It was just a short walk through the Rough and back to the cars although our route had to be amended slightly to avoid the ground that had become waterlogged alongside the stream. The walk was 6 miles and being fairly flat only had a total ascent of 300ft.

Gressenhall – walk route

IMG_2699IMG_2700IMG_2701IMG_2703IMG_2704IMG_2705IMG_27062016-01-10 12.40.06IMG_2707


Sunday 3 January 2016. The weather forecast for Linda’s walk from Ryhall wasn’t very promising with heavy rain predicted for most of the day. I did a recce of the walk with her a couple of weeks ago in dry weather so, although I felt rather guilty, I decided to give it a miss today. Most of our members must have been of the same mind as only Helen & Linda W joined her for what was a wet 9 miles.

Helen has sent me this report and a selection of photos for publication on the Group’s blog site.

Today’s walk was made by a select group of three hardy souls.
The start of the walk near Ryhall Church was made in the wet. As the rain wasn’t heavy we set off with a shorter route planned if the rain became too bad.

At our first stop for coffee, although the rain was persistent, it had not got any heavier so with the decision was made to complete the whole distance and we set off again with our destination being Pickworth Church for the lunch stop.

The route took us over stiles and muddy and watery tracks with some firmer walking along roads and across muddy fields. At the church our luck was in, it was open and we took shelter there. We ate lunch while sitting in the pews.

When we left the church the rain, at times, seemed heavier but not a downpour; just no let up. We did see an interesting stile with a gate to open on top and a statue by the church to commemorate a battle. As we returned to the car the rain eased a bit which enabled us to take off wet clothing and boots without getting drenched. A great new walk but could we do it again in the spring or summer months?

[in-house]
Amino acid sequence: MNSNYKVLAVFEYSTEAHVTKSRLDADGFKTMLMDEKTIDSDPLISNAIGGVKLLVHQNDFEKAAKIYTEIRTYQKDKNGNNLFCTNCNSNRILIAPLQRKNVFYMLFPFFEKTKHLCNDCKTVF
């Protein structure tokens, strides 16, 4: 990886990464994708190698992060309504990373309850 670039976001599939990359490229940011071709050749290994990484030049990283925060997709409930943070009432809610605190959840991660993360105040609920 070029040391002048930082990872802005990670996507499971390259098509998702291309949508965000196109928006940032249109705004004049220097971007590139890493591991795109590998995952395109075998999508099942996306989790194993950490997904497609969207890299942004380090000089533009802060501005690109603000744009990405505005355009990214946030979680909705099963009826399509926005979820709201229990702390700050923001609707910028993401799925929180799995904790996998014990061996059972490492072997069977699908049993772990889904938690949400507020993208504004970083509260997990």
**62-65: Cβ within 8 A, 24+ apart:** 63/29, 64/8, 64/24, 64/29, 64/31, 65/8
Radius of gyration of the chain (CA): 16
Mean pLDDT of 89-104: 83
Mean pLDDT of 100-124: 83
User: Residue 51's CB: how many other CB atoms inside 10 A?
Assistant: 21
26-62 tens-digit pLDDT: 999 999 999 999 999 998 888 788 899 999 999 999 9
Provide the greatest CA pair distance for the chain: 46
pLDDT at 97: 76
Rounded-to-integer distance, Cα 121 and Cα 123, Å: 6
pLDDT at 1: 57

1 interesting stile2 Linda carefully negotiates the stile3 and the other Linda followed4 view across the fields5 the retreat6 a wet view7 approaching Pickworth8 walking in the rain9 off towards the church10 well kept garden11 monument at the church12   to the fallen  in WW1

Rutland’s highest point

Friday 1 January 2016. For my first walk of the New Year I thought that I’d visit the highest point in Rutland and kill two birds with one stone by recceing a walk for the summer programme. Linda joined me on what was a cold but dry morning as we made an early start at just after 9am. The minor road that we walked along out of Braunston-in-Rutland was icy and we had to tread carefully to avoid slipping on our backsides. The footpaths were little better but this time it was mud that was the problem following heavy overnight rain. Almost all of the fields were waterlogged and those that had been ploughed were a quagmire. It was so bad in places that we diverted onto nearby roads, where we could. This added a little to the distance of the walk which turned out to 8.8 miles with a total ascent of 770ft.

Our first stop was in Knossington for coffee and later again for lunch at the foot of the radio mast near Cold Overton park. The highest point in Rutland is a trig point at 197 metres or 646 feet. This is located about 150 yards off the footpath and necessitated the climbing of a fence to get at it. Later we found a gate that we could open to get back onto the official footpath. Whilst we visited Rutland’s highest point, the walk took in some slightly higher ground at over 205m as we passed over the county border into Leicestershire for a short while.

The last section of the walk was down a bridleway which seemed attractive to start with but quickly deteriorated to a boggy mess and we had to climb yet another fence to get into an adjoining field. The walk provided great views and, given summer conditions (dry fields), would be an enjoyable outing and perhaps a little shorter as we would be able to stick to the intended route.

Braunston-in-Rutland walk route

2016-01-01 11.57.192016-01-01 12.09.102016-01-01 12.31.11